There’s been a new shot across the bow on the performance royalty issue.
While one lawmaker is drafting a bill to level the music royalty playing field among digital audio services, now New York Rep. Jerrold Nadler is going a step further — drafting a bill that would link broadcast radio to streaming royalties.
A discussion draft states: “Terrestrial broadcasting is the only industry in America that can use another’s intellectual property without permission or compensation. Broadcast radio clings to an old business model that is out of step with the modern, digital marketplace for recorded music.”
Radio, which pays music licensing fees to groups like BMI and ASCAP, has argued before that stations provide new artists with exposure and promotion, and that those have a monetary value that should be considered.
The bill would direct the Copyright Royalty Board to take the value of a song’s intellectual property into account when deciding the royalty paid by a broadcaster for the Internet simulcast of its live radio music feed. If passed, the measure would also treat all audio services the same using a market-based rate standard regardless of platform. Currently satellite radio and audio over cable services pay a lower rate than do newer digital audio services like Pandora.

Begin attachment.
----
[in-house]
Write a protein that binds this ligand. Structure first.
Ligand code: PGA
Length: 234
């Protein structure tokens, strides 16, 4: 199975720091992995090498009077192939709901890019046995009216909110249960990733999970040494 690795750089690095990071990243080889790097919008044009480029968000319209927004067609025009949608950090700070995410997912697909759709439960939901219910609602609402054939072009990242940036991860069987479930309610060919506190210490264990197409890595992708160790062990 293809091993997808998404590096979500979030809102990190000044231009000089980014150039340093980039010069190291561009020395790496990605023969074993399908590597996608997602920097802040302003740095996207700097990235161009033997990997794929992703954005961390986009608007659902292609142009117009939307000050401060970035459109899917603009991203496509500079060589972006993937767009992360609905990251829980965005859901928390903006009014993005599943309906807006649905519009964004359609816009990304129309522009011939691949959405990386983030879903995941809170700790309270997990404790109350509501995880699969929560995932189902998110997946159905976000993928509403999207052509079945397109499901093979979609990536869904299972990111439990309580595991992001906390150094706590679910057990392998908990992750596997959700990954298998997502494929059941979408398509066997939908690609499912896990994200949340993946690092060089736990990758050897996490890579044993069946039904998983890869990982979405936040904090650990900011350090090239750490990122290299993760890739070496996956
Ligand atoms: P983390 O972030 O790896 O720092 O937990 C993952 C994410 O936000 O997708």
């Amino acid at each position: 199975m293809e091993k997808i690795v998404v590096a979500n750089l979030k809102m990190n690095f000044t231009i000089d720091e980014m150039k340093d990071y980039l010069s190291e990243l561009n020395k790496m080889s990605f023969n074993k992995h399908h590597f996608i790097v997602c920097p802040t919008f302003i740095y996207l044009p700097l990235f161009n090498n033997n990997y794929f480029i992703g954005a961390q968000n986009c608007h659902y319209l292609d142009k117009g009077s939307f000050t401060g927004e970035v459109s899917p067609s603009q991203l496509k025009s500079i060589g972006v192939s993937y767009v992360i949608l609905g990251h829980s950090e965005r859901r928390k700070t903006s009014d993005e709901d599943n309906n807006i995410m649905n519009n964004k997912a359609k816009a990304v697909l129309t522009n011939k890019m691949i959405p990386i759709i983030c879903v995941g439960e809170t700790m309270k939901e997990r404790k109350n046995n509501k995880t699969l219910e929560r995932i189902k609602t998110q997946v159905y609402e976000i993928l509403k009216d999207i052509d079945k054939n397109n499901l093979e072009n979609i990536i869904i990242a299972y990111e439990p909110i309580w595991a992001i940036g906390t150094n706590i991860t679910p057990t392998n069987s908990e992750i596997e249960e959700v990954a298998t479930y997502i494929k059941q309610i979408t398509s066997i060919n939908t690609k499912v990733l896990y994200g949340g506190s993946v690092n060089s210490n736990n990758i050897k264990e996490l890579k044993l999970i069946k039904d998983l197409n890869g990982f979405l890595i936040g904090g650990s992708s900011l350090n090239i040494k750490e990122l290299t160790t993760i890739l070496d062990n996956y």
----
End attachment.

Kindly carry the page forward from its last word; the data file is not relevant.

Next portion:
NAB opposes the draft measure. The broadcast lobby’s EVP Communications Dennis Wharton points out that the draft “fails to recognize the promotional value of local radio airplay” and the extra expenses incurred by stations were the measure to pass would result in lost station jobs. “We continue to support private, company-by-company negotiations that are driven by the free market, as was reflected by the recent deal between Clear Channel and Big Machine Label Group,” said Wharton.
With lawmakers away until next month and little time left in this session of Congress the bill would seem to have little chance of passage, however what’s clear is an effort to pave the way towards raising the issue again come January. The effort supported by record labels to get broadcast radio to pay a performance royalty has twice failed in Congress.